In her 13-year tenure with the Lakers, Gulshen led the program to four conference championships, three district championships and three of her teams were just one win shy of reaching the Final Four as she accumulated 297 more wins before retiring in 2011.
“We kind of did the same thing we did in Eldon. We tried to develop a program and I had some fantastic kids in Camdenton and we had a lot of success,” the coach remarked. “It was really due to their work ethic, their sportsmanship and playing as a team.”
These days, the coach can be found helping out as an assistant with her original program and the Lakers and Mustangs have met on the volleyball court every year since 2012. Rest assured, though, each school holds a special place in her heart.
“It was always fun to beat Camdenton because they were a big rival when I was in Eldon,” the coach said of the two sides who were both members of the Tri-County Conference at one time. “When I went to Camdenton, it was great fun to go back to the Eldon Tournament I started and to win that tournament as Camdenton Laker… They continue to play each other and I cheer for the kids.”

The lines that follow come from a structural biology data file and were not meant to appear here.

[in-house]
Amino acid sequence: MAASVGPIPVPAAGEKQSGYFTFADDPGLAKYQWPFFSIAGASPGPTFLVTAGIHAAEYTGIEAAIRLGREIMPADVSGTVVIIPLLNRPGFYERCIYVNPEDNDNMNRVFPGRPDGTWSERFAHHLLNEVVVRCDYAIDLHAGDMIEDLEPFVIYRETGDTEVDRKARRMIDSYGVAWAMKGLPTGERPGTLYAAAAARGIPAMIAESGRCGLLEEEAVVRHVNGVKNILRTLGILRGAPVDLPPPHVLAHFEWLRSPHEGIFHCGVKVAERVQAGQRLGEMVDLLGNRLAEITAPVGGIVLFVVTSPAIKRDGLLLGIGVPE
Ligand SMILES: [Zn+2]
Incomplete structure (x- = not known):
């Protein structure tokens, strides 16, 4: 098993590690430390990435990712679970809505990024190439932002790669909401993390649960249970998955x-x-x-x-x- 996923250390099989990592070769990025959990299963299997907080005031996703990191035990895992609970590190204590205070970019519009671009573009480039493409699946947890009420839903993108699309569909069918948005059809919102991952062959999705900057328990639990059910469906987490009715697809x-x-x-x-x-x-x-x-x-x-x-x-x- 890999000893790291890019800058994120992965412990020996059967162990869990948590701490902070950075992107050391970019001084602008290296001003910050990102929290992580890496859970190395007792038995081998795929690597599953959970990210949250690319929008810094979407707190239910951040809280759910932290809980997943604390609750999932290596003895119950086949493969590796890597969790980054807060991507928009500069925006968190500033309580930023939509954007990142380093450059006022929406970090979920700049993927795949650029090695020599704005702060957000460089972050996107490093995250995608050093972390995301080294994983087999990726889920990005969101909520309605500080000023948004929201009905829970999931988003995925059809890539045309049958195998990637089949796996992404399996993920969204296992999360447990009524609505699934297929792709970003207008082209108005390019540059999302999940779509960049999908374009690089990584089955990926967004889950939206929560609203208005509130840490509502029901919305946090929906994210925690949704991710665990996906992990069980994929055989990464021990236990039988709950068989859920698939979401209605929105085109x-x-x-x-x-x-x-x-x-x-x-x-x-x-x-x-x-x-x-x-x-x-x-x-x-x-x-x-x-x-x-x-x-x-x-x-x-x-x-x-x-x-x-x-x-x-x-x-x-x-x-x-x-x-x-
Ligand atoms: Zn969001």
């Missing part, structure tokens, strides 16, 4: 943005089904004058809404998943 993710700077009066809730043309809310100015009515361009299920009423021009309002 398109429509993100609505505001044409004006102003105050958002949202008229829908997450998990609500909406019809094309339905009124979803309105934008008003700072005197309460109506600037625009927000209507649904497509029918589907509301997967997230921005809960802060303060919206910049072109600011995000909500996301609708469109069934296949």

And Gulshen did not hesitate to point out that this honor was not about her, but all those kids she had the privilege of coaching and the assistants she got to work with.
“It is unbelievable to be here. I feel like an impostor,” the coach said with a smile. I’m just up here representing all the fantastic kids I got to work with and also the coaches that coached alongside me. They did a lot of work and are up here with me so it is about all of us and not about me.”
But Gulshen’s legacy does not stop there. Some of her former players have gone on to enjoy coaching careers of their own whether it be Eldon’s Melinda Wyre-Washington who has won multiple national championships with NAIA Columbia College or Eldon’s Laura Baucom who was coaching her alma matter last season alongside Gulshen.